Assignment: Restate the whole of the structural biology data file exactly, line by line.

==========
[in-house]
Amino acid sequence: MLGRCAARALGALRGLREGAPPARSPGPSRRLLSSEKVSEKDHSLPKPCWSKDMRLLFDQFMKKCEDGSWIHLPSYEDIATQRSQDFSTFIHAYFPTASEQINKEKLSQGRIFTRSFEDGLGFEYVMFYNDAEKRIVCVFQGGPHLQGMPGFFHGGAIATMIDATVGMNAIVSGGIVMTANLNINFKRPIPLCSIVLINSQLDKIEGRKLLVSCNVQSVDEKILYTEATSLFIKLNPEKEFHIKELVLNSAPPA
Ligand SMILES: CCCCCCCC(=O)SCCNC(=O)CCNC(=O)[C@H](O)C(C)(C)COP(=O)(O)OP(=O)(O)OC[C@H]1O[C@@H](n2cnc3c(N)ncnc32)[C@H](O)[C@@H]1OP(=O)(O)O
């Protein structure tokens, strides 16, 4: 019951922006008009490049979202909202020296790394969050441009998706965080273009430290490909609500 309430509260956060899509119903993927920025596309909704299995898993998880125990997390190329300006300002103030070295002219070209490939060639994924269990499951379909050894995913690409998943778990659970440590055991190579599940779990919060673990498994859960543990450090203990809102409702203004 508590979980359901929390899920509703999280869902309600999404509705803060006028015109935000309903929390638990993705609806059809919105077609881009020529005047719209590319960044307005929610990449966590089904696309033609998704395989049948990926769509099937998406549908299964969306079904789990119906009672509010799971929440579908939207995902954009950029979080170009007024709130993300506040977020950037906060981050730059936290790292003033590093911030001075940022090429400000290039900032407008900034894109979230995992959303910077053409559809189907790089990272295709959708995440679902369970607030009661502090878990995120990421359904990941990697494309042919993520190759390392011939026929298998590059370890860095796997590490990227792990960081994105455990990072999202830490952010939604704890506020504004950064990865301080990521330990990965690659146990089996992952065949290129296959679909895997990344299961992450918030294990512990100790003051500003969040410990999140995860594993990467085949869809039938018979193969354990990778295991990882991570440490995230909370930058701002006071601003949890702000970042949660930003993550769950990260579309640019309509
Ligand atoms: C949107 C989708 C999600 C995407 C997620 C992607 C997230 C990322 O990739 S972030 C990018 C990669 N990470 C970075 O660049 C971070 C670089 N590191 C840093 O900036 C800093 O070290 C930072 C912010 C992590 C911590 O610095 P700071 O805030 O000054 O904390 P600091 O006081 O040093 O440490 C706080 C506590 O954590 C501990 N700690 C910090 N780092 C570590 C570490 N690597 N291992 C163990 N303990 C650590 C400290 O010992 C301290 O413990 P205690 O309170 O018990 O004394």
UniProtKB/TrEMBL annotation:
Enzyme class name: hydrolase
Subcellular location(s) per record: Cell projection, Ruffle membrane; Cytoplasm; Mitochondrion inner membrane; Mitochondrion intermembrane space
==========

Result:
[in-house]
Amino acid sequence: MLGRCAARALGALRGLREGAPPARSPGPSRRLLSSEKVSEKDHSLPKPCWSKDMRLLFDQFMKKCEDGSWIHLPSYEDIATQRSQDFSTFIHAYFPTASEQINKEKLSQGRIFTRSFEDGLGFEYVMFYNDAEKRIVCVFQGGPHLQGMPGFFHGGAIATMIDATVGMNAIVSGGIVMTANLNINFKRPIPLCSIVLINSQLDKIEGRKLLVSCNVQSVDEKILYTEATSLFIKLNPEKEFHIKELVLNSAPPA
Ligand SMILES: CCCCCCCC(=O)SCCNC(=O)CCNC(=O)[C@H](O)C(C)(C)COP(=O)(O)OP(=O)(O)OC[C@H]1O[C@@H](n2cnc3c(N)ncnc32)[C@H](O)[C@@H]1OP(=O)(O)O
């Protein structure tokens, strides 16, 4: 019951922006008009490049979202909202020296790394969050441009998706965080273009430290490909609500 309430509260956060899509119903993927920025596309909704299995898993998880125990997390190329300006300002103030070295002219070209490939060639994924269990499951379909050894995913690409998943778990659970440590055991190579599940779990919060673990498994859960543990450090203990809102409702203004 508590979980359901929390899920509703999280869902309600999404509705803060006028015109935000309903929390638990993705609806059809919105077609881009020529005047719209590319960044307005929610990449966590089904696309033609998704395989049948990926769509099937998406549908299964969306079904789990119906009672509010799971929440579908939207995902954009950029979080170009007024709130993300506040977020950037906060981050730059936290790292003033590093911030001075940022090429400000290039900032407008900034894109979230995992959303910077053409559809189907790089990272295709959708995440679902369970607030009661502090878990995120990421359904990941990697494309042919993520190759390392011939026929298998590059370890860095796997590490990227792990960081994105455990990072999202830490952010939604704890506020504004950064990865301080990521330990990965690659146990089996992952065949290129296959679909895997990344299961992450918030294990512990100790003051500003969040410990999140995860594993990467085949869809039938018979193969354990990778295991990882991570440490995230909370930058701002006071601003949890702000970042949660930003993550769950990260579309640019309509
Ligand atoms: C949107 C989708 C999600 C995407 C997620 C992607 C997230 C990322 O990739 S972030 C990018 C990669 N990470 C970075 O660049 C971070 C670089 N590191 C840093 O900036 C800093 O070290 C930072 C912010 C992590 C911590 O610095 P700071 O805030 O000054 O904390 P600091 O006081 O040093 O440490 C706080 C506590 O954590 C501990 N700690 C910090 N780092 C570590 C570490 N690597 N291992 C163990 N303990 C650590 C400290 O010992 C301290 O413990 P205690 O309170 O018990 O004394």
UniProtKB/TrEMBL annotation:
Enzyme class name: hydrolase
Subcellular location(s) per record: Cell projection, Ruffle membrane; Cytoplasm; Mitochondrion inner membrane; Mitochondrion intermembrane space